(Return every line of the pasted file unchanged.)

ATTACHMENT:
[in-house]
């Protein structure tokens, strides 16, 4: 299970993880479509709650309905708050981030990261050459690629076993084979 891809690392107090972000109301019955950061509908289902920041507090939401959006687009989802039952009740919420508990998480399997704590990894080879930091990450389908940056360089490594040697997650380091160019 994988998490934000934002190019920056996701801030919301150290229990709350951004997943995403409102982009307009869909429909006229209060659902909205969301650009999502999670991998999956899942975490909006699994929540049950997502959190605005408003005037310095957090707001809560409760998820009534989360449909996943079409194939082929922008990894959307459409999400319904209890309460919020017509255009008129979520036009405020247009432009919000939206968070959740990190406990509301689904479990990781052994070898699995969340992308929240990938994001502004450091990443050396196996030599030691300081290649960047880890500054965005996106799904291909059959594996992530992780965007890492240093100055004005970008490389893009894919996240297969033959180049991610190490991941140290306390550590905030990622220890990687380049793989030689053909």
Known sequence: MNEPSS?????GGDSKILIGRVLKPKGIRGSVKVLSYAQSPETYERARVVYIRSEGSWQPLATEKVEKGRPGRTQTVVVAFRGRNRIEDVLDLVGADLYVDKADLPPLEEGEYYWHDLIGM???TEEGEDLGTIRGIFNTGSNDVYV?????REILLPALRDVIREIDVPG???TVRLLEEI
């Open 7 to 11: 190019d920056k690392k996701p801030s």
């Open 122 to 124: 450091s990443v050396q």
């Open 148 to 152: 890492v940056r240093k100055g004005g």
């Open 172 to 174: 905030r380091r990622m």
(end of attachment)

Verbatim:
[in-house]
């Protein structure tokens, strides 16, 4: 299970993880479509709650309905708050981030990261050459690629076993084979 891809690392107090972000109301019955950061509908289902920041507090939401959006687009989802039952009740919420508990998480399997704590990894080879930091990450389908940056360089490594040697997650380091160019 994988998490934000934002190019920056996701801030919301150290229990709350951004997943995403409102982009307009869909429909006229209060659902909205969301650009999502999670991998999956899942975490909006699994929540049950997502959190605005408003005037310095957090707001809560409760998820009534989360449909996943079409194939082929922008990894959307459409999400319904209890309460919020017509255009008129979520036009405020247009432009919000939206968070959740990190406990509301689904479990990781052994070898699995969340992308929240990938994001502004450091990443050396196996030599030691300081290649960047880890500054965005996106799904291909059959594996992530992780965007890492240093100055004005970008490389893009894919996240297969033959180049991610190490991941140290306390550590905030990622220890990687380049793989030689053909």
Known sequence: MNEPSS?????GGDSKILIGRVLKPKGIRGSVKVLSYAQSPETYERARVVYIRSEGSWQPLATEKVEKGRPGRTQTVVVAFRGRNRIEDVLDLVGADLYVDKADLPPLEEGEYYWHDLIGM???TEEGEDLGTIRGIFNTGSNDVYV?????REILLPALRDVIREIDVPG???TVRLLEEI
């Open 7 to 11: 190019d920056k690392k996701p801030s």
């Open 122 to 124: 450091s990443v050396q």
């Open 148 to 152: 890492v940056r240093k100055g004005g």
């Open 172 to 174: 905030r380091r990622m």